When a book has the following as the first sentence:
"My name was Salmon, like the fish; first name, Susie."
It sure does get your attention, it did mine anyway.
Because from the very first line author Alice Sebold makes it clear the main character, Susi Salmon, is no longer living. In the book, The Lovely Bones, I instantly bonded with 14-year old Susie Salmon because of her innocence and sweetness. I just loved her and as the narrator of the book she was vibrant and descriptive and funny, but she was dead. Early on in the book I knew how she died, a horrible death that still leaves me cold inside, but I found myself wishing I didn’t know she was dead. My reasoning behind this is I wanted the chance to think she could not be dead, so I could have some relief; so I could hope. Maybe they’ll find her, maybe she’ll escape – Nope! I knew she was dead and as the reader, it was heartbreaking to deal with her parents search efforts and belief that maybe they would find her alive.
I was very taken by the book, The Lovely Bones, but truth be told, this is the only book I’ve every thrown away. Once I finished it, I didn’t leave it on my bookshelf like a trophy, I didn’t offer it to family and friends like I do other books I read, I threw it in my outdoor black city garbage can because I never wanted to think about such horrible things again. The book itself was a visual of something I never wanted to remember again.
Although . . .
I will say I was very intrigued by the author, Alice Sebold. Who was she? As a writer, how did she get to such a dark place? Was she herself Susie Salmon; young innocent rape victim?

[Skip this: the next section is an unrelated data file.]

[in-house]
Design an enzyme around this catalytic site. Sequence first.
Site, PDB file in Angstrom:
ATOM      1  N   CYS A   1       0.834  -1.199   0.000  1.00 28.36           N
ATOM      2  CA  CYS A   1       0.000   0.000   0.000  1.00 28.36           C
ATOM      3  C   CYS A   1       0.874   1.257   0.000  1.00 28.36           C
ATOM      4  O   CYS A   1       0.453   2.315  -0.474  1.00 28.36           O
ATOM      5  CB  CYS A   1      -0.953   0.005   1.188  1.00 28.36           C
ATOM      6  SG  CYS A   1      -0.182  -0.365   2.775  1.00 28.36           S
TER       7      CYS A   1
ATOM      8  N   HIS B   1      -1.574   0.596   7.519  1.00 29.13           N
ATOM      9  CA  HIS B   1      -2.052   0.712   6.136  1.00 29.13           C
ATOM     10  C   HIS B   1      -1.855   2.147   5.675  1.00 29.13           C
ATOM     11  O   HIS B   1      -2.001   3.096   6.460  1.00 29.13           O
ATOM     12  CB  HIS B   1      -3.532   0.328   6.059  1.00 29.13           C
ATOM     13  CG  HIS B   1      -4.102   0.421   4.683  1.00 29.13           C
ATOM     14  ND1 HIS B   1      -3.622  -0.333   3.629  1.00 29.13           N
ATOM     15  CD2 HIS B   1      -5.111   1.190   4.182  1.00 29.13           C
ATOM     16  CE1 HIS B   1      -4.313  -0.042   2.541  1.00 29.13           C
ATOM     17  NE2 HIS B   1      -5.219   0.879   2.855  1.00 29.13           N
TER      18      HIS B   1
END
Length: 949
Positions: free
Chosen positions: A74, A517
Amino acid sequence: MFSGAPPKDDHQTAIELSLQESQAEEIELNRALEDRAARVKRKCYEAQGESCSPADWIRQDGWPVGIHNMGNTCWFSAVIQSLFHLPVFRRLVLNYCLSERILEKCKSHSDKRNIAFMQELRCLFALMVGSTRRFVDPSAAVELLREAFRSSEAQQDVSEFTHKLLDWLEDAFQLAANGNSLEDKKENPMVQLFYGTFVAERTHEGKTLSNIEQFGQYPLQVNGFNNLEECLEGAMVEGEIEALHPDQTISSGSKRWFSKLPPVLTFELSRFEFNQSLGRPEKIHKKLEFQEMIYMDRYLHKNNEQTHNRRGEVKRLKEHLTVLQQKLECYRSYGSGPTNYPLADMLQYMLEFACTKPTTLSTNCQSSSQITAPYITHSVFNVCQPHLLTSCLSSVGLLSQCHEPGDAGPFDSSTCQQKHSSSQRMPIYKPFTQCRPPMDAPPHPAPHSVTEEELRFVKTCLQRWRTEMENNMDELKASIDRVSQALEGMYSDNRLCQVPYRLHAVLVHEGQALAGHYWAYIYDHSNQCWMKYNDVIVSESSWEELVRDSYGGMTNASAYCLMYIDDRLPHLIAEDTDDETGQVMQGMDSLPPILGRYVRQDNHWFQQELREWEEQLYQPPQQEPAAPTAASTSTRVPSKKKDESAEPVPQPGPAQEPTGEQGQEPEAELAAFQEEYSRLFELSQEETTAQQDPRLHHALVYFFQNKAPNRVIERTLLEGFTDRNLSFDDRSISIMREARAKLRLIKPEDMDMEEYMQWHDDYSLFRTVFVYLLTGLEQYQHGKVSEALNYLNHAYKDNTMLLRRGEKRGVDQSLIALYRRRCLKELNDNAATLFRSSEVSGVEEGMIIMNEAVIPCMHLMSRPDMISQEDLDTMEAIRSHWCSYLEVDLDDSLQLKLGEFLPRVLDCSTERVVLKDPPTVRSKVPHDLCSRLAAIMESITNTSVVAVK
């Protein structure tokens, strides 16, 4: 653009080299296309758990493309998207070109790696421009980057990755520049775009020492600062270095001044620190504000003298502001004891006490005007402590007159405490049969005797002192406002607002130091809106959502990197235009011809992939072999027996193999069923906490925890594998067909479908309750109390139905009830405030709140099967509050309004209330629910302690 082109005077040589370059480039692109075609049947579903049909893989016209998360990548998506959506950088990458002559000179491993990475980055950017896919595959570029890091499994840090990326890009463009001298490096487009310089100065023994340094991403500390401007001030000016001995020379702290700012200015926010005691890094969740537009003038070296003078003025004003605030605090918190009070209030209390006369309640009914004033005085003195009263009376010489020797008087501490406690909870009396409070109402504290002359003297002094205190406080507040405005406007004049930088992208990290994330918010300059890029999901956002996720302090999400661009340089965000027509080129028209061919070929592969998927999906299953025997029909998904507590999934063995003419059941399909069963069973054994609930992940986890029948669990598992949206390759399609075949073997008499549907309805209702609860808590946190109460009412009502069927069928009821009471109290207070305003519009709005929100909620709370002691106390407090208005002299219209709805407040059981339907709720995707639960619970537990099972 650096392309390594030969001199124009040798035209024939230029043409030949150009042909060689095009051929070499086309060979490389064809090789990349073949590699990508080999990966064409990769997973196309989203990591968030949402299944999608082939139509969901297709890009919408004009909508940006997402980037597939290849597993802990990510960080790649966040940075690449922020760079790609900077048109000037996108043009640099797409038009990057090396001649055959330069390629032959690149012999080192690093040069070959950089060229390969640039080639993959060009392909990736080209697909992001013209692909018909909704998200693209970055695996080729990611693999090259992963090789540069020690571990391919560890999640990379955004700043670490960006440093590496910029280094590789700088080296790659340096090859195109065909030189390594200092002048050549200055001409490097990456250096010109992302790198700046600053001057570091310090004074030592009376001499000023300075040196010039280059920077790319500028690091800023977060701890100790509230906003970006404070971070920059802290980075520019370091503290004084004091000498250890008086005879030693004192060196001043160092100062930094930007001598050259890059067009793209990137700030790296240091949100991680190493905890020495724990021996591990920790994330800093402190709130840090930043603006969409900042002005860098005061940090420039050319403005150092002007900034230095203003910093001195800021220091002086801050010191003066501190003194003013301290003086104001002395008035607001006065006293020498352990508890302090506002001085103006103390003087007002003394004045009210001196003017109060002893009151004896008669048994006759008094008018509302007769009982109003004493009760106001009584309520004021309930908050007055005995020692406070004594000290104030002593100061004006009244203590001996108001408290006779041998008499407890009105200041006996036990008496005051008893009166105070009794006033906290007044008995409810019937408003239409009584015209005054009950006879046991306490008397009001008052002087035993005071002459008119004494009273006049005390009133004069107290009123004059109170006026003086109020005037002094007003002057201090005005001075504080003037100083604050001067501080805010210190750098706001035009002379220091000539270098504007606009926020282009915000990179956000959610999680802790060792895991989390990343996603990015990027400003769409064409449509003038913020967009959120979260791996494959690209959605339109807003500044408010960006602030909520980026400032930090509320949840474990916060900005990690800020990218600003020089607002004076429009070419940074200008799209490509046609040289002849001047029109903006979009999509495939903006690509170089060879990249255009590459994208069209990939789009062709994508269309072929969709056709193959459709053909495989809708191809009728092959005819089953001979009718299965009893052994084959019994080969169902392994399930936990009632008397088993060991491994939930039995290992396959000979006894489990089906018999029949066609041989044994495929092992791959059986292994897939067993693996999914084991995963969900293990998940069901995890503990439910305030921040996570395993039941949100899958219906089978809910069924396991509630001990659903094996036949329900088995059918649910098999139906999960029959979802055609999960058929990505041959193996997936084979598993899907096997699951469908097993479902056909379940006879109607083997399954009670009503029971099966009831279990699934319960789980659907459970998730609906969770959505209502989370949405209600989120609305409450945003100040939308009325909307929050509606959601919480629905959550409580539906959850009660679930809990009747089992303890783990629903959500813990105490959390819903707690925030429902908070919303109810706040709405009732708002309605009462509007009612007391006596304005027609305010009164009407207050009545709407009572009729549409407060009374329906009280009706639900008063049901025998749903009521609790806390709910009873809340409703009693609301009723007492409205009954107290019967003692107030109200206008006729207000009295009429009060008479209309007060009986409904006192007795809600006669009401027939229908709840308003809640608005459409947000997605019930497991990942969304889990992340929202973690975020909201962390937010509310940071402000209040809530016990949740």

As a writer myself, I had I to do some research and I found a book I had to read: Lucky, Alice Sebold’s experiences of being raped and how the experience shaped the rest of her life. Why the title Lucky? Because when she reported the crime to the police, they remarked that a young woman had once been murdered in the same location. Thus, they told her, she was "lucky." Lucky had me hooked from the start. Ms. Sebold so graciously allows the reader into her mind. She doesn’t hide what happened to her, she doesn’t sugar-coat it and she never apologizes for the vulgarity of it. So, I have to ask myself; is this how she was able to write as rape/murder victim Susie Salmon? In other words, do we as authors need to have some sort of personal experience to be able to write the stories we want to share?
I’ve thought about his more then once. When I read the“Twilight” series, I remember thinking Stephenie Meyer must of have had a pretty healthy childhood. No mention of abuse or trauma. Bella is never looking back at a difficult life. Other then Bella’s parents divorce, we don’t know much about Bella “pre-Edward”. I’m convinced Ms. Meyer is a hopeless romantic who wanted to write a powerful love story and that’s most certainly what she did. Ms. Meyer needed to write, but not for the same reason Ms. Sebold needed to write or maybe the reason doesn't matter because both authors found what they were looking for: an escape.
Still, I think writing is so therapeutic for the author. We get to explore shady places, reveal deep inner-thoughts and travel places we’ve never been. In fiction, we don’t have to reveal our sources unless we want to. I commend Alice Sebold for her accomplishments in The Lovely Bones and Lucky. Both stories needed be told. Ms. Sebold took a risk, she put her heart on the line in hopes to help other rape victims, and for this, I thank her. She shared a difficult story that took hold of the reader’s heart. So now I know. When I was reading The Lovely Bones, I wasn’t just rooting for fictional character Susie Salmon, I was rooting for the very real Ms. Sebold’s justice as well.